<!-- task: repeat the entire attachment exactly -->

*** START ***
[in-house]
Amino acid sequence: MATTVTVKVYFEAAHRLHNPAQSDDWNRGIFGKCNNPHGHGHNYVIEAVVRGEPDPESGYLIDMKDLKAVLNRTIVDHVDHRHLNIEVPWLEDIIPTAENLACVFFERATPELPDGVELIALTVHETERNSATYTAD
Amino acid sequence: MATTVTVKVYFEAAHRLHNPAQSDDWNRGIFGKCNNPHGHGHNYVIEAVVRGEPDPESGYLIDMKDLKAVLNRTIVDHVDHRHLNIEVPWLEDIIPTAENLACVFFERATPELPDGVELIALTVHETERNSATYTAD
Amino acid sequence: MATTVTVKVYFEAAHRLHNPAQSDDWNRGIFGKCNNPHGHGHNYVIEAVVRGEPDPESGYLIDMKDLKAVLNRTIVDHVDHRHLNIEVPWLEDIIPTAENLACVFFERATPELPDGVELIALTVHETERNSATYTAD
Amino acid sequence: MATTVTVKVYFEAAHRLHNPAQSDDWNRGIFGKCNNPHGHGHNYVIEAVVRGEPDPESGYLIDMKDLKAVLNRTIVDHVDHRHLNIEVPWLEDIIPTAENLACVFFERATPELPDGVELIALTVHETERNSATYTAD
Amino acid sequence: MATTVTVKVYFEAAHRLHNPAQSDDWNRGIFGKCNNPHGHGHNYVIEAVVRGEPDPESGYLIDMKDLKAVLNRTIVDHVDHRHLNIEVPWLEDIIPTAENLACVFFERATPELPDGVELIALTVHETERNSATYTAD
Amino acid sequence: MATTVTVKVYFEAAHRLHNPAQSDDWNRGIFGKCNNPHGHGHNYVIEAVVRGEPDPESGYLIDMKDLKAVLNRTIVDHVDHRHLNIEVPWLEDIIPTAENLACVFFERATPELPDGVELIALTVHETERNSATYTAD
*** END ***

[in-house]
Amino acid sequence: MATTVTVKVYFEAAHRLHNPAQSDDWNRGIFGKCNNPHGHGHNYVIEAVVRGEPDPESGYLIDMKDLKAVLNRTIVDHVDHRHLNIEVPWLEDIIPTAENLACVFFERATPELPDGVELIALTVHETERNSATYTAD
Amino acid sequence: MATTVTVKVYFEAAHRLHNPAQSDDWNRGIFGKCNNPHGHGHNYVIEAVVRGEPDPESGYLIDMKDLKAVLNRTIVDHVDHRHLNIEVPWLEDIIPTAENLACVFFERATPELPDGVELIALTVHETERNSATYTAD
Amino acid sequence: MATTVTVKVYFEAAHRLHNPAQSDDWNRGIFGKCNNPHGHGHNYVIEAVVRGEPDPESGYLIDMKDLKAVLNRTIVDHVDHRHLNIEVPWLEDIIPTAENLACVFFERATPELPDGVELIALTVHETERNSATYTAD
Amino acid sequence: MATTVTVKVYFEAAHRLHNPAQSDDWNRGIFGKCNNPHGHGHNYVIEAVVRGEPDPESGYLIDMKDLKAVLNRTIVDHVDHRHLNIEVPWLEDIIPTAENLACVFFERATPELPDGVELIALTVHETERNSATYTAD
Amino acid sequence: MATTVTVKVYFEAAHRLHNPAQSDDWNRGIFGKCNNPHGHGHNYVIEAVVRGEPDPESGYLIDMKDLKAVLNRTIVDHVDHRHLNIEVPWLEDIIPTAENLACVFFERATPELPDGVELIALTVHETERNSATYTAD
Amino acid sequence: MATTVTVKVYFEAAHRLHNPAQSDDWNRGIFGKCNNPHGHGHNYVIEAVVRGEPDPESGYLIDMKDLKAVLNRTIVDHVDHRHLNIEVPWLEDIIPTAENLACVFFERATPELPDGVELIALTVHETERNSATYTAD